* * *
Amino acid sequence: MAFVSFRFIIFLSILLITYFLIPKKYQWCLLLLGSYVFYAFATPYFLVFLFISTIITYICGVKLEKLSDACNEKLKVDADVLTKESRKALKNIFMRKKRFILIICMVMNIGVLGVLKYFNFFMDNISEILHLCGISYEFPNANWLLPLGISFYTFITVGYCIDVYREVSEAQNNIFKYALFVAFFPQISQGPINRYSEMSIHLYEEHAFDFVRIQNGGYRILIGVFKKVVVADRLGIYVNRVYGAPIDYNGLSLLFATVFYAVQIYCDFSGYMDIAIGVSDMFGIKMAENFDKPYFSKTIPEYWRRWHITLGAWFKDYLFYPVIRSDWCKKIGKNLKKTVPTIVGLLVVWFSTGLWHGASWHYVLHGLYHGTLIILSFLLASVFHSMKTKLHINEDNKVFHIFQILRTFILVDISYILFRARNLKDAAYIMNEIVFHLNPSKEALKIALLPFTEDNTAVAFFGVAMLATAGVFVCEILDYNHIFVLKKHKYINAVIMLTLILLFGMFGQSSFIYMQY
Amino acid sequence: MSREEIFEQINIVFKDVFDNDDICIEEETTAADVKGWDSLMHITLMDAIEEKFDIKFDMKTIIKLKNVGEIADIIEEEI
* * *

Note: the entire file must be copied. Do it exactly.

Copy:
Amino acid sequence: MAFVSFRFIIFLSILLITYFLIPKKYQWCLLLLGSYVFYAFATPYFLVFLFISTIITYICGVKLEKLSDACNEKLKVDADVLTKESRKALKNIFMRKKRFILIICMVMNIGVLGVLKYFNFFMDNISEILHLCGISYEFPNANWLLPLGISFYTFITVGYCIDVYREVSEAQNNIFKYALFVAFFPQISQGPINRYSEMSIHLYEEHAFDFVRIQNGGYRILIGVFKKVVVADRLGIYVNRVYGAPIDYNGLSLLFATVFYAVQIYCDFSGYMDIAIGVSDMFGIKMAENFDKPYFSKTIPEYWRRWHITLGAWFKDYLFYPVIRSDWCKKIGKNLKKTVPTIVGLLVVWFSTGLWHGASWHYVLHGLYHGTLIILSFLLASVFHSMKTKLHINEDNKVFHIFQILRTFILVDISYILFRARNLKDAAYIMNEIVFHLNPSKEALKIALLPFTEDNTAVAFFGVAMLATAGVFVCEILDYNHIFVLKKHKYINAVIMLTLILLFGMFGQSSFIYMQY
Amino acid sequence: MSREEIFEQINIVFKDVFDNDDICIEEETTAADVKGWDSLMHITLMDAIEEKFDIKFDMKTIIKLKNVGEIADIIEEEI